• 56 percent of teachers agree it has made their lives easier

When looking at the ways teachers are already using generative artificial intelligence, the most common uses were:

  • Creating teaching materials (43 percent)
  • Collaborative creativity/co-creation (39 percent)
  • Translating text (36 percent)
  • Brainstorming and generating ideas (35 percent)

The next grand challenge for AI — from ted.com by Jim Fan


The State of Washington Embraces AI for Public Schools — from synthedia.substack.com by Bret Kinsella; via Tom Barrett
Educational institutions may be warming up to generative AI

Washington state issued new guidelines for K-12 public schools last week based on the principle of “embracing a human-centered approach to AI,” which also embraces the use of AI in the education process. The state’s Superintendent of Public Instruction, Chris Reykdal, commented in a letter accompanying the new guidelines:


New education features to help teachers save time and support students — from by Shantanu Sinha

Giving educators time back to invest in themselves and their students
Boost productivity and creativity with Duet AI: Educators can get fresh ideas and save time using generative AI across Workspace apps. With Duet AI, they can get help drafting lesson plans in Docs, creating images in Slides, building project plans in Sheets and more — all with control over their data.

 

Vocational training programs for special education students teach work, life skills — from edsource.org by Lasherica Thornton
Programs also foster acceptance in the community

Through hands-on experience at the hotel, students gain skills to work in the housekeeping and hospitality industry – whether at El Capitan or elsewhere – after they graduate. And they develop life skills for adulthood.

This is not the case with Merced County’s program which, instead, integrates students into the housekeeping career, making it one of a few in California and across the nation to do so. The program now serves as a model for other districts aspiring to integrate students with disabilities into careers and society.

Fong said the year-long program is critical for the students “to be in the actual field,” get on-the-job training and be able to model employees’ behavior, which in turn provides them with real world experience while allowing them to interact with others.


From DSC:
This hits home for my family and me. We are entering a phase of our youngest daughter’s life where we need to help her build life skills. This type of program is excellent — highly relevant to many families out there.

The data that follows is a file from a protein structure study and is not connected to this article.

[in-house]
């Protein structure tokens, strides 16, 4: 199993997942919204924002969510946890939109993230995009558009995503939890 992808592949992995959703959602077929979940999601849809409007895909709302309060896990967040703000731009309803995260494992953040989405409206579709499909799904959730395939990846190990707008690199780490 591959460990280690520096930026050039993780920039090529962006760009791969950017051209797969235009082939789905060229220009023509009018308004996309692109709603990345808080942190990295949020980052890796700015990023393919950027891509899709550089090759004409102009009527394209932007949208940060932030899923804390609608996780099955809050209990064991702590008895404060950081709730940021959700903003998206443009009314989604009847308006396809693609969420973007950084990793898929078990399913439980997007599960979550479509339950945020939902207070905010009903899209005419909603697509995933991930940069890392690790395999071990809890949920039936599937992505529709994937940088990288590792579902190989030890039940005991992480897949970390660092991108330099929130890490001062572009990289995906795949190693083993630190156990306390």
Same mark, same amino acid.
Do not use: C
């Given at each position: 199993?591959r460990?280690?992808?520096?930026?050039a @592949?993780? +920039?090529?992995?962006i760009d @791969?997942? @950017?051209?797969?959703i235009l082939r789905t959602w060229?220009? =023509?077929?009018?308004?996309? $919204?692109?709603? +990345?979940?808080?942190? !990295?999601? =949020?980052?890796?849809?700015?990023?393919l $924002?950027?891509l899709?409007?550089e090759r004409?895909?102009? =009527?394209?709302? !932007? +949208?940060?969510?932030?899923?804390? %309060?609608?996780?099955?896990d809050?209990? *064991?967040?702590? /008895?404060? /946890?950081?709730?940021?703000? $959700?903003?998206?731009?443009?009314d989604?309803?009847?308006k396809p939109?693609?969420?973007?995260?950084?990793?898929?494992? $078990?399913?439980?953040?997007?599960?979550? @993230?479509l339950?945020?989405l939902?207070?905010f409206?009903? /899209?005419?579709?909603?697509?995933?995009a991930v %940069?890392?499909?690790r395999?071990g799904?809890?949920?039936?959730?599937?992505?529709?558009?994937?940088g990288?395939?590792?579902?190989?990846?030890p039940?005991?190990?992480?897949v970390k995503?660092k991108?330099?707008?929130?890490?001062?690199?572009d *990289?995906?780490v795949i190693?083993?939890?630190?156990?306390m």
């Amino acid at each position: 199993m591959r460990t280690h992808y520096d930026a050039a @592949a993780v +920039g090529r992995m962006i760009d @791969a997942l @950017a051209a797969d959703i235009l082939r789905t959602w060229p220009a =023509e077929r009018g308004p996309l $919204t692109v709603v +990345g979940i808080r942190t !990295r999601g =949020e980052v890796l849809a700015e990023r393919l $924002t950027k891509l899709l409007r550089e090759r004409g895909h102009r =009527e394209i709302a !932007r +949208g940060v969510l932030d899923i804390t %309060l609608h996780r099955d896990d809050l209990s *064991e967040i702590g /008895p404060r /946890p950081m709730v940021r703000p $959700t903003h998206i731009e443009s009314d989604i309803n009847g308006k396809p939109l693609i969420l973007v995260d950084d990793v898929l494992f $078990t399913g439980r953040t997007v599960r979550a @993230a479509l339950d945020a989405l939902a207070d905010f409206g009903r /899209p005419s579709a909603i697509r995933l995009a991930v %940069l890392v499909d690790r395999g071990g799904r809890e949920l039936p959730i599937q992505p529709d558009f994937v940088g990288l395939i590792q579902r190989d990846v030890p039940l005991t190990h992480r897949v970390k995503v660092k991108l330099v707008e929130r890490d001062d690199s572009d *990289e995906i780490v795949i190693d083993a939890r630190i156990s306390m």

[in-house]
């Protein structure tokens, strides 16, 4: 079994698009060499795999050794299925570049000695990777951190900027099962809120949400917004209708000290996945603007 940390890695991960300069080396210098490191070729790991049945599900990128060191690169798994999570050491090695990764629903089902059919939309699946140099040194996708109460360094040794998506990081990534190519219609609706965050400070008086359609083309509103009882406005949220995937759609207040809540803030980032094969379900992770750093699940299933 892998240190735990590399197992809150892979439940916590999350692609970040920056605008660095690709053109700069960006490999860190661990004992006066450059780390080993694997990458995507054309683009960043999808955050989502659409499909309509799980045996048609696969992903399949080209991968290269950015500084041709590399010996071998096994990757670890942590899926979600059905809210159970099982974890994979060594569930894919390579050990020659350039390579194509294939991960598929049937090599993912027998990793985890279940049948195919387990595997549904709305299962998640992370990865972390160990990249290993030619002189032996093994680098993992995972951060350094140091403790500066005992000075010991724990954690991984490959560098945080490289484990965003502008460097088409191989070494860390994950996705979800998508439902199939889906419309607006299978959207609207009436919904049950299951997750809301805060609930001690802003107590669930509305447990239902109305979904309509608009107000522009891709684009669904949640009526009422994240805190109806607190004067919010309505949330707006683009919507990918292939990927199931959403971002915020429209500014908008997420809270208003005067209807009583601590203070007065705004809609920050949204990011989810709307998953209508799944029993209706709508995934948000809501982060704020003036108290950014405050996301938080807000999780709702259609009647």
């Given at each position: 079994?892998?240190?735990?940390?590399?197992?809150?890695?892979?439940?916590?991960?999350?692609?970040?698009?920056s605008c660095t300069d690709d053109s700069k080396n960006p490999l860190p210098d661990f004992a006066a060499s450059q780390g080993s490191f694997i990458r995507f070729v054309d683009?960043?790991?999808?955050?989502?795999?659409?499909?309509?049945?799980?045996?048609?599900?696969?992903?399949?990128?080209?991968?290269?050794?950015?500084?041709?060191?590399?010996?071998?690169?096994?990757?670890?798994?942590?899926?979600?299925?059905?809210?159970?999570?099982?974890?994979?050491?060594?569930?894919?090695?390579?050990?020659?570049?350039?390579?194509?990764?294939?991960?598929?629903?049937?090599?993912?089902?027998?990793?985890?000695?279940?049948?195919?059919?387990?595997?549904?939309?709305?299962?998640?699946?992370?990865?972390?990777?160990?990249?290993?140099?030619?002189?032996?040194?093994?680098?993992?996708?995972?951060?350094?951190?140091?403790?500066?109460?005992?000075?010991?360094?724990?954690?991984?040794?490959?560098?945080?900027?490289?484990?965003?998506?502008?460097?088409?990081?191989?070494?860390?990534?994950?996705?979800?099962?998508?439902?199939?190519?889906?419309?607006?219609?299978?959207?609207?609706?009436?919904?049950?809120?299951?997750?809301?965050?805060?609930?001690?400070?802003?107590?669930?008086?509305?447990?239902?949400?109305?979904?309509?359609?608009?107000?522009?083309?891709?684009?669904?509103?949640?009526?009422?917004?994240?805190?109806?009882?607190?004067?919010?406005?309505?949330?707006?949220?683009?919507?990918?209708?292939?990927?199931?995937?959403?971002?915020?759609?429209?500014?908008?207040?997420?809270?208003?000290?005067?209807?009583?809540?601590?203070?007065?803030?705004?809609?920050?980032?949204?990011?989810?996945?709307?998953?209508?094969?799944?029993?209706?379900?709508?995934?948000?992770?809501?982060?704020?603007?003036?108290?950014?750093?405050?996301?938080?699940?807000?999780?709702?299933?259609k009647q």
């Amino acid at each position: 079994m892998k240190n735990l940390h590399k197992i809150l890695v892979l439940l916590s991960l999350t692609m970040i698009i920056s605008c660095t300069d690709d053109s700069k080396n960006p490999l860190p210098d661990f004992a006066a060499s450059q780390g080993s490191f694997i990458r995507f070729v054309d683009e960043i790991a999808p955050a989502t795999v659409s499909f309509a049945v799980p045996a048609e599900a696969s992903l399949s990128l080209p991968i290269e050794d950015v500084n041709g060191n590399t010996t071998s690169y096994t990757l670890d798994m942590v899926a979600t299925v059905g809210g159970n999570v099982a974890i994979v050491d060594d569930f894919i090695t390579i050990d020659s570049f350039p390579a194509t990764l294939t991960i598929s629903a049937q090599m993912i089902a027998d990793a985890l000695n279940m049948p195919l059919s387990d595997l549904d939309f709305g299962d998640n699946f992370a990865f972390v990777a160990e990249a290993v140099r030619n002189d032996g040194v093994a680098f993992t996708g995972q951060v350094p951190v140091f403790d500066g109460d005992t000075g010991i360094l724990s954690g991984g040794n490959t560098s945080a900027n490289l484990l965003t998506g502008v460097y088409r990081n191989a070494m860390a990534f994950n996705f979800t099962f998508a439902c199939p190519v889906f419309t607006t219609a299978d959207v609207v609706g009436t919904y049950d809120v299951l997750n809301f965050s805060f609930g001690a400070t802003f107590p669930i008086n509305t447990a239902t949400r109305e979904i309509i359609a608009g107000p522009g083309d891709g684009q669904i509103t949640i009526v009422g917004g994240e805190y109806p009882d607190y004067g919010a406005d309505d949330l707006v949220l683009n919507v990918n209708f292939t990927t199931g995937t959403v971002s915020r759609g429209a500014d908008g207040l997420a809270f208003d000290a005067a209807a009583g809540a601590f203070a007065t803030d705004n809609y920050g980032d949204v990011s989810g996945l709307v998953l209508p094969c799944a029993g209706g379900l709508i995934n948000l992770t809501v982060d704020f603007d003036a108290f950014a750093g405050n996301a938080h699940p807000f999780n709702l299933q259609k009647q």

Hologram lecturers thrill students at trailblazing UK university — from theguardian.com by Rachel Hall

Prof Vikki Locke and Prof Gary Burnett try out the hologram technology. Photograph: Christopher Thomond/The Guardian

Any university lecturer will tell you that luring students to a morning lecture is an uphill struggle. But even the most hungover fresher would surely be enticed by a physics lesson from Albert Einstein or a design masterclass from Coco Chanel.

This could soon be the reality for British students, as some universities start to beam in guest lecturers from around the globe using the same holographic technology that is used to bring dead or retired singers back to the stage.

 


From voice synthesis to fertility tracking, here are some actually helpful AI products at CES — from techcrunch.com by Devin Coldewey

But a few applications of machine learning stood out as genuinely helpful or surprising — here are a few examples of AI that might actually do some good.

The whole idea that AI might not be a total red flag occurred to me when I chatted with Whispp at a press event. This small team is working on voicing the voiceless, meaning people who have trouble speaking normally due to a condition or illness.

Whispp gives a voice to people who can’t speak


CES 2024: Everything revealed so far, from Nvidia and Sony to the weirdest reveals and helpful AI — from techcrunch.com by Christine Hall

Kicking off the first day were some bigger announcements from companies, including Nvidia, LG, Sony and Samsung. Those livestreams have ended, but you can watch most of their archives and catch up right here. And with the event still ongoing, and the show floor open, here’s how you can follow along with our team’s coverage.

Or, to dive into each day’s updates directly, you can follow these links: